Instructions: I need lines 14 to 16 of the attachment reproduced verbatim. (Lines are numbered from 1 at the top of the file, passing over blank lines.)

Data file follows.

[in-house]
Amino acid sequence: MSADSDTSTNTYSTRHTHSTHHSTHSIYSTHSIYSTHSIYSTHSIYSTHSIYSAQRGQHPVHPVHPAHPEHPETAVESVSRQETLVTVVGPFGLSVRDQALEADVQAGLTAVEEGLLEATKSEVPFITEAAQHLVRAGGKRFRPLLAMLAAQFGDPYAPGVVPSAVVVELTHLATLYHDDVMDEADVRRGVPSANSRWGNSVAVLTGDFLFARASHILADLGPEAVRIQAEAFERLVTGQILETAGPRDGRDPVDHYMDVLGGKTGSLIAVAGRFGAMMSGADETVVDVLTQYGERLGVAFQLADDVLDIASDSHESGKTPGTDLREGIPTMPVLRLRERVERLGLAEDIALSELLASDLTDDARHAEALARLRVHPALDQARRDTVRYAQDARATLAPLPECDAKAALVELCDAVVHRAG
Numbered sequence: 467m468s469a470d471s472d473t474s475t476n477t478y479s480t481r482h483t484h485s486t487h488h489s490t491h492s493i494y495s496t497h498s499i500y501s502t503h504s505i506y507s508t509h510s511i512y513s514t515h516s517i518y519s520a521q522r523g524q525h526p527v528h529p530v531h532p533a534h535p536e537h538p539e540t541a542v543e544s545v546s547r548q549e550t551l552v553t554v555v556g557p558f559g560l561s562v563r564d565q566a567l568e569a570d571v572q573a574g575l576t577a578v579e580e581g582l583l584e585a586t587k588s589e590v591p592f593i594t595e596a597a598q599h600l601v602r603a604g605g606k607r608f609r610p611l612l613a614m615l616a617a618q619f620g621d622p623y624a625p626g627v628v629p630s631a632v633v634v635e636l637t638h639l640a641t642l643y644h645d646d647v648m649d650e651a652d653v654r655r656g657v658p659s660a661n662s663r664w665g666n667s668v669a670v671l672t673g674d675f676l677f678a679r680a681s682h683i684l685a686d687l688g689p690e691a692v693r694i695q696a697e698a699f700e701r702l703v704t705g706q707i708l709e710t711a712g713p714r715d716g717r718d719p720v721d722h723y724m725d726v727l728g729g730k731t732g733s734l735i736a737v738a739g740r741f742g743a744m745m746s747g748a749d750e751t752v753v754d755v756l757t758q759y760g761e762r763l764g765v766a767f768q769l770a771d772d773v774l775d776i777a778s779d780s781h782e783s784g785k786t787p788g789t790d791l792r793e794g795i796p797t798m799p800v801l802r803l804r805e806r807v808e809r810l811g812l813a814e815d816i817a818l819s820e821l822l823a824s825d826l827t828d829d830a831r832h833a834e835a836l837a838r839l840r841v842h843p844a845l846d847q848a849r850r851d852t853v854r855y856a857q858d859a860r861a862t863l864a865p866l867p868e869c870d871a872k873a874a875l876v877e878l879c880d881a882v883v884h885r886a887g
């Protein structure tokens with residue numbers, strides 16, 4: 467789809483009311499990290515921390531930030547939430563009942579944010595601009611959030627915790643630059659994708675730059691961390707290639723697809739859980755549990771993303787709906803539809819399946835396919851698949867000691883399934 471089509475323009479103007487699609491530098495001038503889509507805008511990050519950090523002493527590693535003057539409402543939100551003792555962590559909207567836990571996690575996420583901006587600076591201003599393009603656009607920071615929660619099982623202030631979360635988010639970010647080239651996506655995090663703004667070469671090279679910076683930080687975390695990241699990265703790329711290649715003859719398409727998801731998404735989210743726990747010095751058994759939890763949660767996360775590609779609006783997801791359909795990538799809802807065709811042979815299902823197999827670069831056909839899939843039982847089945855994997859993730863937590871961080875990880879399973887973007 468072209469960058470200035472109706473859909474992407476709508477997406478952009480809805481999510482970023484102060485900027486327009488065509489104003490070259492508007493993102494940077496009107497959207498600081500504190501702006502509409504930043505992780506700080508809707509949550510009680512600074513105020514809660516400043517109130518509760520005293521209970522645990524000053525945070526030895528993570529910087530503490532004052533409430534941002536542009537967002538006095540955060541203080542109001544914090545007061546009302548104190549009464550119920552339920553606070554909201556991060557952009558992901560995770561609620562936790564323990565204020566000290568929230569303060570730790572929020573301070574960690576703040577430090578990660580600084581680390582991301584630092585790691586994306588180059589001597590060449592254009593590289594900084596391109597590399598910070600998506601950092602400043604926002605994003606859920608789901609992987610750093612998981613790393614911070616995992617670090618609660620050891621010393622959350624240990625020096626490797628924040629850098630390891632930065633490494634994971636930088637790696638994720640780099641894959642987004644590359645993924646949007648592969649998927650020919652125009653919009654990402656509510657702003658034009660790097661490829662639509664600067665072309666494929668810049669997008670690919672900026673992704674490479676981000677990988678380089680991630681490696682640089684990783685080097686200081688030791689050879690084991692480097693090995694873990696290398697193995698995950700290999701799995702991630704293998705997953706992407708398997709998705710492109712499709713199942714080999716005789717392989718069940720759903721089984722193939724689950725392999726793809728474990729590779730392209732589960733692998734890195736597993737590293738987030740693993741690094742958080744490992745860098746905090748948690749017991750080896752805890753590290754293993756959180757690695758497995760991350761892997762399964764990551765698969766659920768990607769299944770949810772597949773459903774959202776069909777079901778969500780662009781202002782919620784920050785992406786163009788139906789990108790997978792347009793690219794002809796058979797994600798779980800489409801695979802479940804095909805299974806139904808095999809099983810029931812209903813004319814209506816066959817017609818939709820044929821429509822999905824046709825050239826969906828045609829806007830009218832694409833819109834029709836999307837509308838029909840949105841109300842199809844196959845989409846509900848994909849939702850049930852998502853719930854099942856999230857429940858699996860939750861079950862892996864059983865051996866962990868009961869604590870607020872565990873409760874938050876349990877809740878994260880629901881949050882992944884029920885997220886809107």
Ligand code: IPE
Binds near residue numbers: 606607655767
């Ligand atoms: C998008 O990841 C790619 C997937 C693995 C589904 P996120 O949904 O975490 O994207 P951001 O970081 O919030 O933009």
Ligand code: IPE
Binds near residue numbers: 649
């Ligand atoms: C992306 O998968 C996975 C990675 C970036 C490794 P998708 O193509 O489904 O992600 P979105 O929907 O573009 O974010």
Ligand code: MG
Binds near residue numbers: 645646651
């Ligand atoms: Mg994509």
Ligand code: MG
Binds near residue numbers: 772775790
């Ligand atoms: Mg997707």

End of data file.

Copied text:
Ligand code: MG
Binds near residue numbers: 772775790
């Ligand atoms: Mg997707």